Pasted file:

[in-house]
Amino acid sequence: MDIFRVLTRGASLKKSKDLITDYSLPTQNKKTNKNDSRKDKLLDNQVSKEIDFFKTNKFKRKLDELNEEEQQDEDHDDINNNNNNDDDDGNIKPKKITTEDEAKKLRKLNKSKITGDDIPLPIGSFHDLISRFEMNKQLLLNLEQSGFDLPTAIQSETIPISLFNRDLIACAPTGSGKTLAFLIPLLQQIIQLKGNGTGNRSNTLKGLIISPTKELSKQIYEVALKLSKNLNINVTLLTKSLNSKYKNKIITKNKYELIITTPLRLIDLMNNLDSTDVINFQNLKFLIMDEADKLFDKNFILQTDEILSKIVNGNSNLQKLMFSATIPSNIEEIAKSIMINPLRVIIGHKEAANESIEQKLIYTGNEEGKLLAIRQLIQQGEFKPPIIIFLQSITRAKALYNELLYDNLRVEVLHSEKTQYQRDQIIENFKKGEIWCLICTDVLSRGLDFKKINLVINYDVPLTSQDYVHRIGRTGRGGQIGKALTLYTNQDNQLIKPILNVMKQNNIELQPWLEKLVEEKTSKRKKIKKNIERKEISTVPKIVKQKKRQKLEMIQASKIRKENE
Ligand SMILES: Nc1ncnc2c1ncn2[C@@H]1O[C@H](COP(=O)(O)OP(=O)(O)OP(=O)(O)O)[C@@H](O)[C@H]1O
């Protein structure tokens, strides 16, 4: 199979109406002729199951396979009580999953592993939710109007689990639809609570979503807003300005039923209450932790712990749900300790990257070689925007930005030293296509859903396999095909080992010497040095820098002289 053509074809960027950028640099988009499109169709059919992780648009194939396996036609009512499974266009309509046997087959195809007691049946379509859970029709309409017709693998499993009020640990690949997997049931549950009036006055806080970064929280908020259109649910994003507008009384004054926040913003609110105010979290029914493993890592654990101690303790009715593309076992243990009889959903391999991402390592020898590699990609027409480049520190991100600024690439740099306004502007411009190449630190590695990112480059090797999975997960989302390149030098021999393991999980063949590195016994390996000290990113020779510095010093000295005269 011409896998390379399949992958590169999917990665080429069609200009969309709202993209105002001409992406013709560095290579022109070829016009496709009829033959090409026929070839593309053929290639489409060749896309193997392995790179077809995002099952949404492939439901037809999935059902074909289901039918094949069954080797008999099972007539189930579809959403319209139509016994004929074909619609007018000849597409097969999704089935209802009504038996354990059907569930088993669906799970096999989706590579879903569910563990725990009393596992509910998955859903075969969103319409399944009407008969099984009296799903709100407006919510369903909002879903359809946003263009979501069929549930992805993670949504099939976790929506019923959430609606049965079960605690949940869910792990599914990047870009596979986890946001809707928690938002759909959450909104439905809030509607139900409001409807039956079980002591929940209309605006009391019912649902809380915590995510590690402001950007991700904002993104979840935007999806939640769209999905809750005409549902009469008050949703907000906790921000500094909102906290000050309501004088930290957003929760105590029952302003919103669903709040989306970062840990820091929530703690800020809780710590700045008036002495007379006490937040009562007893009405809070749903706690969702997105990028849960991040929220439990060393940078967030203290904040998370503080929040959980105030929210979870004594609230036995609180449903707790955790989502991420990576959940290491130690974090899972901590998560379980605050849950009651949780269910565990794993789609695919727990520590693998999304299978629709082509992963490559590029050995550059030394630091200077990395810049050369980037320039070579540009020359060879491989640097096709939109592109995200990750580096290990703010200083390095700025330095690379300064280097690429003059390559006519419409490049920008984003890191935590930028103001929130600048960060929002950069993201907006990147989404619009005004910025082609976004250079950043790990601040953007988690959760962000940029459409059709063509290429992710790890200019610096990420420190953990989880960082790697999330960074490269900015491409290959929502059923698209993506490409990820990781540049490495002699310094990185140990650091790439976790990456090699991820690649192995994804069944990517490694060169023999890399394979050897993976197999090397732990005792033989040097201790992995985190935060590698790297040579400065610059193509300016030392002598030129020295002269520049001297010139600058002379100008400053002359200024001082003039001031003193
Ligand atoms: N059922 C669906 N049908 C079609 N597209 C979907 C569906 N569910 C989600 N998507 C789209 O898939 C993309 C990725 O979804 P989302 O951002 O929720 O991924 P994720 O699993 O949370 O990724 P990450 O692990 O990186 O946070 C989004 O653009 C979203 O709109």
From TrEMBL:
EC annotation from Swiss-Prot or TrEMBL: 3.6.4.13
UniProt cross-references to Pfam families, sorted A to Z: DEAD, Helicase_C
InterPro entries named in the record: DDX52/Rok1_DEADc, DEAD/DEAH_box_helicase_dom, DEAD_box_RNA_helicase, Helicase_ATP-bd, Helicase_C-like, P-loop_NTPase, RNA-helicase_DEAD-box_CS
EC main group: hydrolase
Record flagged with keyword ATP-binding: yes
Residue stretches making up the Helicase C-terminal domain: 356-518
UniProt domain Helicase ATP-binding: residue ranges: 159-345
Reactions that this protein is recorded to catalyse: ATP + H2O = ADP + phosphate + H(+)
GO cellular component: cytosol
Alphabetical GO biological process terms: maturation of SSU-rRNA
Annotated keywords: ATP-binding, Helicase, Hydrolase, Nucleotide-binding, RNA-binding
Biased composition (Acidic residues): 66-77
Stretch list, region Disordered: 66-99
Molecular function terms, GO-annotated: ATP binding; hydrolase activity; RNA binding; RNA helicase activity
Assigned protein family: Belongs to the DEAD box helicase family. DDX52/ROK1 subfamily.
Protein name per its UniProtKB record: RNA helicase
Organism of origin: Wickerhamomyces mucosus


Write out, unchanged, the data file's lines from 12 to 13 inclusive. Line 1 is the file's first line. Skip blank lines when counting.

Residue stretches making up the Helicase C-terminal domain: 356-518
UniProt domain Helicase ATP-binding: residue ranges: 159-345